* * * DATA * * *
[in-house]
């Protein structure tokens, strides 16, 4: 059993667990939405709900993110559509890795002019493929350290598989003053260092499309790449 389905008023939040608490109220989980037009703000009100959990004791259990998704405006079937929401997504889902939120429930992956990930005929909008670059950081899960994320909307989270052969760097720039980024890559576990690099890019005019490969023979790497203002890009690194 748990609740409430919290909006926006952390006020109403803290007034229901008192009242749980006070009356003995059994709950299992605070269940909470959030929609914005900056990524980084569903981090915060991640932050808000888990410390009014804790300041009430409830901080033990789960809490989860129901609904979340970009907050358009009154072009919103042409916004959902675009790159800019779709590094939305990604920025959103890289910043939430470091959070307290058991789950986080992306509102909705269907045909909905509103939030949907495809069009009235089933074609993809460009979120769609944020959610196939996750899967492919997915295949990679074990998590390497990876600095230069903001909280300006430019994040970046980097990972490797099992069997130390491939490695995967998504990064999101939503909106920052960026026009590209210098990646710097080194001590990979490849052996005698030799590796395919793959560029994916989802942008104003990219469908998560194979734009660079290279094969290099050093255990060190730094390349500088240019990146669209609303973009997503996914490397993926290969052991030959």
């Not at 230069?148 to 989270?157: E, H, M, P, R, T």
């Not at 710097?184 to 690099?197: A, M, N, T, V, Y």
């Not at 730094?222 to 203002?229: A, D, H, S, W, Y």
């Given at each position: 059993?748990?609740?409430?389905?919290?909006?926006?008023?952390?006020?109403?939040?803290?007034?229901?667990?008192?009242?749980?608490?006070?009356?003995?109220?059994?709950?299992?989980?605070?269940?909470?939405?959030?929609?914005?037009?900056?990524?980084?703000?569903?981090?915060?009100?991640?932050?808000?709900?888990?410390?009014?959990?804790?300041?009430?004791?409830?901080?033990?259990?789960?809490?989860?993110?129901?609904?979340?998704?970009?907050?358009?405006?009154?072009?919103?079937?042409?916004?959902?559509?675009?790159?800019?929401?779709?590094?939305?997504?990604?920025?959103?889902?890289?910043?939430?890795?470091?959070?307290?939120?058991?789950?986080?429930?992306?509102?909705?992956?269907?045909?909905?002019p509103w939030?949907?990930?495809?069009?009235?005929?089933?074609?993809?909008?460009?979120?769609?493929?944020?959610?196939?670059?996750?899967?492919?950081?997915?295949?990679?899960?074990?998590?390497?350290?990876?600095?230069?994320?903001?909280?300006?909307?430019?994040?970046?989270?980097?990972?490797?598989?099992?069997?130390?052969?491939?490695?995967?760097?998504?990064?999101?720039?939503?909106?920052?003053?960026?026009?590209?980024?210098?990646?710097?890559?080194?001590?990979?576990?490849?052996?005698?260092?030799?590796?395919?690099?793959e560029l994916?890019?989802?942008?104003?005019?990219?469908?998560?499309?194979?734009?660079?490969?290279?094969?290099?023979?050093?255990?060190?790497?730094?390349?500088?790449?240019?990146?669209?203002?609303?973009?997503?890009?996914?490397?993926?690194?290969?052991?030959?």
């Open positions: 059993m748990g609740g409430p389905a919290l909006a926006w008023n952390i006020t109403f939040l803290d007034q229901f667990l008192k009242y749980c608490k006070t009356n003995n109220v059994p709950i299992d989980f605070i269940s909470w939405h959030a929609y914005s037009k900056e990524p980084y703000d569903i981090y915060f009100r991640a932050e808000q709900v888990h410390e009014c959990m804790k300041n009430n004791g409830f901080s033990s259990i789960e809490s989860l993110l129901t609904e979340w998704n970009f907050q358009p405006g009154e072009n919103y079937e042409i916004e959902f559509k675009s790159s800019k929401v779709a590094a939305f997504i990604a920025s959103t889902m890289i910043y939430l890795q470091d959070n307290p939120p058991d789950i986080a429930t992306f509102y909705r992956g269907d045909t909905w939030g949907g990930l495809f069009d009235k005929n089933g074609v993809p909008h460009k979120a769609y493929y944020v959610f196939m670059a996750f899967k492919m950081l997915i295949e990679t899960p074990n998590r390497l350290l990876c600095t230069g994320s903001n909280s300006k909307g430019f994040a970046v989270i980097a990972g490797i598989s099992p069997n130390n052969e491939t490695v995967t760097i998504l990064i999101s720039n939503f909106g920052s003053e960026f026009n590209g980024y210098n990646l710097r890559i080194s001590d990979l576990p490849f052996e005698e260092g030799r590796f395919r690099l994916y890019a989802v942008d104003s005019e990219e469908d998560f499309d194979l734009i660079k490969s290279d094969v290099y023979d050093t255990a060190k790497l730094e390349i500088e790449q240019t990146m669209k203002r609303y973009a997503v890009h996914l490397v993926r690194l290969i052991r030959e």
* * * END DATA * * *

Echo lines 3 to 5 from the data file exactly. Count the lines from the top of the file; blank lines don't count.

């Not at 230069?148 to 989270?157: E, H, M, P, R, T």
């Not at 710097?184 to 690099?197: A, M, N, T, V, Y």
């Not at 730094?222 to 203002?229: A, D, H, S, W, Y």